She cited early years education, careers advice and post-16 vocational courses as priorities and her cheery demeanour – Ms Greening is a people person in contrast to Mrs May – masks a spirited determination that stems from a childhood in South Yorkshire at a time of national industrial strife.

Appointed to her current post in July 2016, it would be a shame if she was removed from this key brief before she’s had time to implement her vision. If anything, this role needs to become more high-profile and the Government should be making more use of the Minister’s vim and verve so today’s young people become the most talented and skilled in history.

For, if Ms Greening succeeds, then the whole country has the potential to benefit from the vision of the first Education Secretary in history to have been taught at a comprehensive school.

And there’s no reason why she might – in time – not return to her old school as Britain’s first female Chancellor, or Prime Minister, of this great country. At a time when Britain appears bereft of great political visionaries, Justine Greening could be one person to help restore the nation’s faith in its leaders.

SHEFFIELD Hallam MP Jared O’Mara doesn’t appear to be keeping his head down, and getting on with the day job, after being suspended by the Labour Party for homophobic and misogynistic comments as Parliament’s sexual harassment scandal grows.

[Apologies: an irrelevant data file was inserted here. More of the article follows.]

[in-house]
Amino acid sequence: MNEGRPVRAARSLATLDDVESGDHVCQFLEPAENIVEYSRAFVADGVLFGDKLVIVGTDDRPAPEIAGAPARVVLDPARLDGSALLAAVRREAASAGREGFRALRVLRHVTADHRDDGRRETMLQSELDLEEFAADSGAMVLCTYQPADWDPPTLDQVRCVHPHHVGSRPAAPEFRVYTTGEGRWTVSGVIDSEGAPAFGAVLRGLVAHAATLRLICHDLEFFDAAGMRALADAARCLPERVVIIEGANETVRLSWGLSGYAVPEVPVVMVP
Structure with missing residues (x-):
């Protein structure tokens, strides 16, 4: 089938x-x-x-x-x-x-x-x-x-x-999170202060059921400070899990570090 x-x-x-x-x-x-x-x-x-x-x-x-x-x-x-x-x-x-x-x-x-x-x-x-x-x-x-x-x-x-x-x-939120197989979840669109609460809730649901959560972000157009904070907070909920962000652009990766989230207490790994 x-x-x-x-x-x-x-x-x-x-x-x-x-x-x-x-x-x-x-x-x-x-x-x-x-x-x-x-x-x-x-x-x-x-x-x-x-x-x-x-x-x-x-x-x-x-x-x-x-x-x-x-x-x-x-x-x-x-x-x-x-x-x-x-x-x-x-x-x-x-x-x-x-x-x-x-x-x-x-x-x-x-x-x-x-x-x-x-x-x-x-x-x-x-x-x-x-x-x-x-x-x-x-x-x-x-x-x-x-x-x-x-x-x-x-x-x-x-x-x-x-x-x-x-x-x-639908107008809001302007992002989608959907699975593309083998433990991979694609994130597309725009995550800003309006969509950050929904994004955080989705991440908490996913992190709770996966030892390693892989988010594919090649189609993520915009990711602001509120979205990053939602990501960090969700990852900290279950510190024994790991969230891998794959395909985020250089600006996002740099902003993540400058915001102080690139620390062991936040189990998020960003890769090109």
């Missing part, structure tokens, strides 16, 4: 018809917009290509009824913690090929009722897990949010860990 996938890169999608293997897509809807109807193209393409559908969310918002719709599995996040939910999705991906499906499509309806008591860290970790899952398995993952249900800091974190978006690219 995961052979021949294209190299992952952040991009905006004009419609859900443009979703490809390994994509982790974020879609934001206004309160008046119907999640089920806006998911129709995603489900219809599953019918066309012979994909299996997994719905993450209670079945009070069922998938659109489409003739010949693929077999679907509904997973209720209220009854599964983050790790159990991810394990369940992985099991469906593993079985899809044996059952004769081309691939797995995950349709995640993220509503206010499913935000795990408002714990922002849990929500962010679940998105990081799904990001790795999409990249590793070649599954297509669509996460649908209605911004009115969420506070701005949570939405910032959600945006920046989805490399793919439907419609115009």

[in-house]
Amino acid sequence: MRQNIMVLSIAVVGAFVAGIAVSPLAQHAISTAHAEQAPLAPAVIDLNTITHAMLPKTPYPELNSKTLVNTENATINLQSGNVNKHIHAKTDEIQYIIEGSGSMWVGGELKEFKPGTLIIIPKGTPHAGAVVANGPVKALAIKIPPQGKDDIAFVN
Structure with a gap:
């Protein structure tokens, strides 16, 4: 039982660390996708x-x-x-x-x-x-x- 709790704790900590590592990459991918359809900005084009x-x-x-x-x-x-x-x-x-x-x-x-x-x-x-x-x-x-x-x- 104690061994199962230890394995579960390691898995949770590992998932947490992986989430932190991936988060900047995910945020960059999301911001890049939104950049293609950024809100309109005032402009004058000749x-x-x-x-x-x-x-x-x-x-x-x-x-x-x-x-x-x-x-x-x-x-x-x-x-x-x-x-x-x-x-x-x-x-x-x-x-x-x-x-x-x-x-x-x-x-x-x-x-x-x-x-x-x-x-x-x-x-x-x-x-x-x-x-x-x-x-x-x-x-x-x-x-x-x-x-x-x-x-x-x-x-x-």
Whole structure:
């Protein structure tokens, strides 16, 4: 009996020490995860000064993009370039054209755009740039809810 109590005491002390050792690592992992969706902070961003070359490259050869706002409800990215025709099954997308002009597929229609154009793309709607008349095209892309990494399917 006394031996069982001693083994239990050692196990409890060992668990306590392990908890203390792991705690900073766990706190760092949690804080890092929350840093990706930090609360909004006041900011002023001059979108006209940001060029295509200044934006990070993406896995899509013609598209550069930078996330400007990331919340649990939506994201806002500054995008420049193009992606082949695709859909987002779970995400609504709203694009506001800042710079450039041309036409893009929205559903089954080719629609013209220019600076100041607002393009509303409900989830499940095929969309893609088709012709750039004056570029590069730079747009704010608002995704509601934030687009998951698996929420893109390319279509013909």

He’s still not made his maiden speech or asked any questions since being elected on June 8 in place of former Lib Dem leader Nick Clegg, a fine constituency MP. O’Mara was absent when the Commons held three votes on Tuesday night on the Finance Bill.

One of his Labour colleagues from Yorkshire said O’Mara should be tabling written questions by the dozen if he is shy about standing up in the Commons, but he has not done so. Another said he’d only spoken – fleetingly – to the backbencher twice in Parliament and that he did not appear to understand the level of responsibility involved.